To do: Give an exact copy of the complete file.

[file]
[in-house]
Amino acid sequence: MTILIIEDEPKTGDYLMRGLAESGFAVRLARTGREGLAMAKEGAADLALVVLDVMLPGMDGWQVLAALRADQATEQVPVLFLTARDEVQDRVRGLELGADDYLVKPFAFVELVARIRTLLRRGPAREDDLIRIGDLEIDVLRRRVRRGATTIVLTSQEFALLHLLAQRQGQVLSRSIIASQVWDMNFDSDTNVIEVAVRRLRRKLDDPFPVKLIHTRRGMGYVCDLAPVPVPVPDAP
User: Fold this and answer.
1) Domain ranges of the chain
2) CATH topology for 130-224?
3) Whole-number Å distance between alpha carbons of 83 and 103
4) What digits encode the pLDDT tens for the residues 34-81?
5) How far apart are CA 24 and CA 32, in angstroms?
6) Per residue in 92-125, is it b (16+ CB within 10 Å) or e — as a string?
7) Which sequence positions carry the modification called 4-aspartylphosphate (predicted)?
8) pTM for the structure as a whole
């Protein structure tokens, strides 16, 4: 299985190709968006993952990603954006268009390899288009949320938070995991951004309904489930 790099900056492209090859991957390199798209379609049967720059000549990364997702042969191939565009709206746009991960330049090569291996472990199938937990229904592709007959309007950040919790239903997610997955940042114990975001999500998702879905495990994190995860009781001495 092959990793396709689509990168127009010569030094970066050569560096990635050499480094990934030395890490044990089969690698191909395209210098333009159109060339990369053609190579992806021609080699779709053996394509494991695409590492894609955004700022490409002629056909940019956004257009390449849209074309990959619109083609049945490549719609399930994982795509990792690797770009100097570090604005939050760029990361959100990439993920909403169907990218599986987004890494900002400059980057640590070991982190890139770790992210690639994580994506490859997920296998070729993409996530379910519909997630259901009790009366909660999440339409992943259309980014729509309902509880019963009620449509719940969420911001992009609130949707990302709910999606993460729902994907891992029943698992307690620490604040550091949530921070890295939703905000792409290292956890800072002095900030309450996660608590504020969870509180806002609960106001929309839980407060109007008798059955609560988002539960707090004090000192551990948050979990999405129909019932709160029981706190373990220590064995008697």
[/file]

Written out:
[in-house]
Amino acid sequence: MTILIIEDEPKTGDYLMRGLAESGFAVRLARTGREGLAMAKEGAADLALVVLDVMLPGMDGWQVLAALRADQATEQVPVLFLTARDEVQDRVRGLELGADDYLVKPFAFVELVARIRTLLRRGPAREDDLIRIGDLEIDVLRRRVRRGATTIVLTSQEFALLHLLAQRQGQVLSRSIIASQVWDMNFDSDTNVIEVAVRRLRRKLDDPFPVKLIHTRRGMGYVCDLAPVPVPVPDAP
User: Fold this and answer.
1) Domain ranges of the chain
2) CATH topology for 130-224?
3) Whole-number Å distance between alpha carbons of 83 and 103
4) What digits encode the pLDDT tens for the residues 34-81?
5) How far apart are CA 24 and CA 32, in angstroms?
6) Per residue in 92-125, is it b (16+ CB within 10 Å) or e — as a string?
7) Which sequence positions carry the modification called 4-aspartylphosphate (predicted)?
8) pTM for the structure as a whole
């Protein structure tokens, strides 16, 4: 299985190709968006993952990603954006268009390899288009949320938070995991951004309904489930 790099900056492209090859991957390199798209379609049967720059000549990364997702042969191939565009709206746009991960330049090569291996472990199938937990229904592709007959309007950040919790239903997610997955940042114990975001999500998702879905495990994190995860009781001495 092959990793396709689509990168127009010569030094970066050569560096990635050499480094990934030395890490044990089969690698191909395209210098333009159109060339990369053609190579992806021609080699779709053996394509494991695409590492894609955004700022490409002629056909940019956004257009390449849209074309990959619109083609049945490549719609399930994982795509990792690797770009100097570090604005939050760029990361959100990439993920909403169907990218599986987004890494900002400059980057640590070991982190890139770790992210690639994580994506490859997920296998070729993409996530379910519909997630259901009790009366909660999440339409992943259309980014729509309902509880019963009620449509719940969420911001992009609130949707990302709910999606993460729902994907891992029943698992307690620490604040550091949530921070890295939703905000792409290292956890800072002095900030309450996660608590504020969870509180806002609960106001929309839980407060109007008798059955609560988002539960707090004090000192551990948050979990999405129909019932709160029981706190373990220590064995008697």